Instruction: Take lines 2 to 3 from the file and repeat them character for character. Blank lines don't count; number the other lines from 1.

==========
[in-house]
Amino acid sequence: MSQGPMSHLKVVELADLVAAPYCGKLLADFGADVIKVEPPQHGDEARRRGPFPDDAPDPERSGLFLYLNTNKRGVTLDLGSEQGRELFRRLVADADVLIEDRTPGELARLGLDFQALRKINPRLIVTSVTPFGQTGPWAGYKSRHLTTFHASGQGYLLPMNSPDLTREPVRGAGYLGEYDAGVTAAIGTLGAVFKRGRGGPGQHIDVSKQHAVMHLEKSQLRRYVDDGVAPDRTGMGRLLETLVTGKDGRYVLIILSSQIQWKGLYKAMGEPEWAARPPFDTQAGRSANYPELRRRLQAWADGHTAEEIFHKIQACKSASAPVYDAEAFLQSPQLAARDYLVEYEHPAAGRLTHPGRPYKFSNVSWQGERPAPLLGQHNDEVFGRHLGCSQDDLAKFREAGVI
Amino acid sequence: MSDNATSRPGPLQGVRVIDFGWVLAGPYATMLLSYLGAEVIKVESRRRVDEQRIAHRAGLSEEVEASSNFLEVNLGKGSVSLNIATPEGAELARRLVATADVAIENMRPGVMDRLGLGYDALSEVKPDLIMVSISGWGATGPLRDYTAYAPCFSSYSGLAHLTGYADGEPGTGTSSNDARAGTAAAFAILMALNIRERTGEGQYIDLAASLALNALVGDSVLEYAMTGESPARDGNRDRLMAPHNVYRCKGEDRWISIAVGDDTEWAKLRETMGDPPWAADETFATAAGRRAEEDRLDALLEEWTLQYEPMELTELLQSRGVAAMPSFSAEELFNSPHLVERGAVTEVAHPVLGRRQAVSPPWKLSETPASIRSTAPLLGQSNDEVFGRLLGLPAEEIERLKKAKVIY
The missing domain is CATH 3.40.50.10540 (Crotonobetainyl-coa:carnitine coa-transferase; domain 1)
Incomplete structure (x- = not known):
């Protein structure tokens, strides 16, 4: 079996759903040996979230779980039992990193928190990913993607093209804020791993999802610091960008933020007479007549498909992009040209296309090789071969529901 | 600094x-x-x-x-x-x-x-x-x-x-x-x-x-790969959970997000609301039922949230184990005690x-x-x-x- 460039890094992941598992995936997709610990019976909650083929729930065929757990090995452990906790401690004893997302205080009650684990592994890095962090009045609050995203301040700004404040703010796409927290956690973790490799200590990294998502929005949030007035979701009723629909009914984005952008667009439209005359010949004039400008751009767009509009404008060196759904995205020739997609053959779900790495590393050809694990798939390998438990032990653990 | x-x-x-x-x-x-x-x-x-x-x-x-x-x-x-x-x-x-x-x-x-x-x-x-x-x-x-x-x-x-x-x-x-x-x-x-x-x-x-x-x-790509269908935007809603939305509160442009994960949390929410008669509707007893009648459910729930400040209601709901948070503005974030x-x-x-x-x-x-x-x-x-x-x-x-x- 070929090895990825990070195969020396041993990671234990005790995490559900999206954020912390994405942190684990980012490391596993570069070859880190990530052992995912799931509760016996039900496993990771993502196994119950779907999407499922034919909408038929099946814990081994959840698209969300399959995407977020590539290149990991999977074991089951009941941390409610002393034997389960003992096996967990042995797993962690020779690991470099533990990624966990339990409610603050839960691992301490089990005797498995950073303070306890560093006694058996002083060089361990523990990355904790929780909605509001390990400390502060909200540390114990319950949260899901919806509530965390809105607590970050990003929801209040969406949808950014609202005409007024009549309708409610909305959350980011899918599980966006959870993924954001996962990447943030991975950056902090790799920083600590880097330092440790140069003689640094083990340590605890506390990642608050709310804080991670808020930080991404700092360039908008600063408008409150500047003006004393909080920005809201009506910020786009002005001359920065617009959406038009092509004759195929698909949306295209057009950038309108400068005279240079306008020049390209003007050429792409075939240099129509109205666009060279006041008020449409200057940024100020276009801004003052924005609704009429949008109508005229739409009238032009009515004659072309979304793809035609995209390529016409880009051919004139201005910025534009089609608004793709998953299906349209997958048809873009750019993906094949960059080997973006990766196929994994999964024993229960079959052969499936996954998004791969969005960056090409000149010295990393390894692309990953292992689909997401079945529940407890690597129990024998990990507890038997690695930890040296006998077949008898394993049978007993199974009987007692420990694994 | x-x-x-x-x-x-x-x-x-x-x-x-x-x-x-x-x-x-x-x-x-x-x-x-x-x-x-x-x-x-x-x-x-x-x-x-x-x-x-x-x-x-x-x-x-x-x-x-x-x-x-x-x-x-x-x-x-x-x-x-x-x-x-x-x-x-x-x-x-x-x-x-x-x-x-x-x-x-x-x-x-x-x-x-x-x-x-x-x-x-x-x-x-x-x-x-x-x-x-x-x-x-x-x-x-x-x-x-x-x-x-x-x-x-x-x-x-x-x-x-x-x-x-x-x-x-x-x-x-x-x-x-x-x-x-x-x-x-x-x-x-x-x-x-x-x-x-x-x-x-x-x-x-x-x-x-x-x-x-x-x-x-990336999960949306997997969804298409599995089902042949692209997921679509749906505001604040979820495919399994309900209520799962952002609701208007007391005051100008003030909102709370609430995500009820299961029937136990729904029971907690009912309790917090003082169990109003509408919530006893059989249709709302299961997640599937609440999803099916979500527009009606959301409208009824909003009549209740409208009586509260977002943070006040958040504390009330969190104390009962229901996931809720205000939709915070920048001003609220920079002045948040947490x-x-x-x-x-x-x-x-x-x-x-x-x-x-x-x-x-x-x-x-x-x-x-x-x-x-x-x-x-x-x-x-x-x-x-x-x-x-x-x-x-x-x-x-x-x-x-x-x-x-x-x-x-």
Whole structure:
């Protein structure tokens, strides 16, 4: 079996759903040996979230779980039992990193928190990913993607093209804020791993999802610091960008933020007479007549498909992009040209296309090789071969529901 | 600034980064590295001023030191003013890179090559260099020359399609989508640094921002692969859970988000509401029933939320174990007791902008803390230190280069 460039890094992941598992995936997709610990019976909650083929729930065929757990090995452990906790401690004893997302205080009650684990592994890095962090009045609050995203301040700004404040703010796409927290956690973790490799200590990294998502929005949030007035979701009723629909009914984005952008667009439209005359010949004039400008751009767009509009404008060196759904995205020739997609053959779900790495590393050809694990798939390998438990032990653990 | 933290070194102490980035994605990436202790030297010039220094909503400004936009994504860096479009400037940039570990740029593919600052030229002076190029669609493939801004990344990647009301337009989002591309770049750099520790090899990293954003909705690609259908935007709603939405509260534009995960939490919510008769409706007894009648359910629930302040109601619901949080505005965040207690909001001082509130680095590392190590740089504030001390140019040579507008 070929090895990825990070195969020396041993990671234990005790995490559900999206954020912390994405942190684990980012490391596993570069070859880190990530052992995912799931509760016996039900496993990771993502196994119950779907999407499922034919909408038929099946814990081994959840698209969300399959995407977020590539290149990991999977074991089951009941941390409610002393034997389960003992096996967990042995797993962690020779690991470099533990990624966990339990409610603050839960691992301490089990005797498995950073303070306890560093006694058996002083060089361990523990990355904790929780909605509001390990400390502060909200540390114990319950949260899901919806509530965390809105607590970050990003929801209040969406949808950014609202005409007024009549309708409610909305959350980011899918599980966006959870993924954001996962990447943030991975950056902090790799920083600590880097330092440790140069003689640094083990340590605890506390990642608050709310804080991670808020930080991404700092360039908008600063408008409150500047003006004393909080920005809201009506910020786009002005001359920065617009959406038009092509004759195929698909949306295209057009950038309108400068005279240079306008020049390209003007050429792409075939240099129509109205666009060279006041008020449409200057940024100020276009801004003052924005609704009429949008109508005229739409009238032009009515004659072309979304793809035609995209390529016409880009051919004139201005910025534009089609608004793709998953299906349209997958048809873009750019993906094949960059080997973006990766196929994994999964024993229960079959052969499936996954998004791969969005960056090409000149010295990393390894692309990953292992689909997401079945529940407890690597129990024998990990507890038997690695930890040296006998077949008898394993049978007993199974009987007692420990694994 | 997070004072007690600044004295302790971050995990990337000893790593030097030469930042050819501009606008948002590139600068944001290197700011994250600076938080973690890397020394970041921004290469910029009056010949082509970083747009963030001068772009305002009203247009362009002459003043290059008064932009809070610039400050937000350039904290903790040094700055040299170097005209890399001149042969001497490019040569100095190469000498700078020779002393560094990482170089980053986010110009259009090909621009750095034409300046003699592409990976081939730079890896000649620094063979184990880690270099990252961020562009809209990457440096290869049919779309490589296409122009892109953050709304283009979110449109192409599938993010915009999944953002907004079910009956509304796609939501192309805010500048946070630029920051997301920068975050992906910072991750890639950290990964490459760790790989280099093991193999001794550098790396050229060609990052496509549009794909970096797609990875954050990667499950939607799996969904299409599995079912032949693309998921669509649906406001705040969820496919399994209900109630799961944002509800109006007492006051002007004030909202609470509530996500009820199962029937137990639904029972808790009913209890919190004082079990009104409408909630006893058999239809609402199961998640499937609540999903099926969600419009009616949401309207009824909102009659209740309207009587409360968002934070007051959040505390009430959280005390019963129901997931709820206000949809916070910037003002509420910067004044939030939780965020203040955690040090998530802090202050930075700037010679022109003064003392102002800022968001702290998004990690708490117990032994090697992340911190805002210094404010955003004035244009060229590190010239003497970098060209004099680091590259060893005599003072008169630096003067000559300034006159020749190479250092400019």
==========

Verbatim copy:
Amino acid sequence: MSQGPMSHLKVVELADLVAAPYCGKLLADFGADVIKVEPPQHGDEARRRGPFPDDAPDPERSGLFLYLNTNKRGVTLDLGSEQGRELFRRLVADADVLIEDRTPGELARLGLDFQALRKINPRLIVTSVTPFGQTGPWAGYKSRHLTTFHASGQGYLLPMNSPDLTREPVRGAGYLGEYDAGVTAAIGTLGAVFKRGRGGPGQHIDVSKQHAVMHLEKSQLRRYVDDGVAPDRTGMGRLLETLVTGKDGRYVLIILSSQIQWKGLYKAMGEPEWAARPPFDTQAGRSANYPELRRRLQAWADGHTAEEIFHKIQACKSASAPVYDAEAFLQSPQLAARDYLVEYEHPAAGRLTHPGRPYKFSNVSWQGERPAPLLGQHNDEVFGRHLGCSQDDLAKFREAGVI
Amino acid sequence: MSDNATSRPGPLQGVRVIDFGWVLAGPYATMLLSYLGAEVIKVESRRRVDEQRIAHRAGLSEEVEASSNFLEVNLGKGSVSLNIATPEGAELARRLVATADVAIENMRPGVMDRLGLGYDALSEVKPDLIMVSISGWGATGPLRDYTAYAPCFSSYSGLAHLTGYADGEPGTGTSSNDARAGTAAAFAILMALNIRERTGEGQYIDLAASLALNALVGDSVLEYAMTGESPARDGNRDRLMAPHNVYRCKGEDRWISIAVGDDTEWAKLRETMGDPPWAADETFATAAGRRAEEDRLDALLEEWTLQYEPMELTELLQSRGVAAMPSFSAEELFNSPHLVERGAVTEVAHPVLGRRQAVSPPWKLSETPASIRSTAPLLGQSNDEVFGRLLGLPAEEIERLKKAKVIY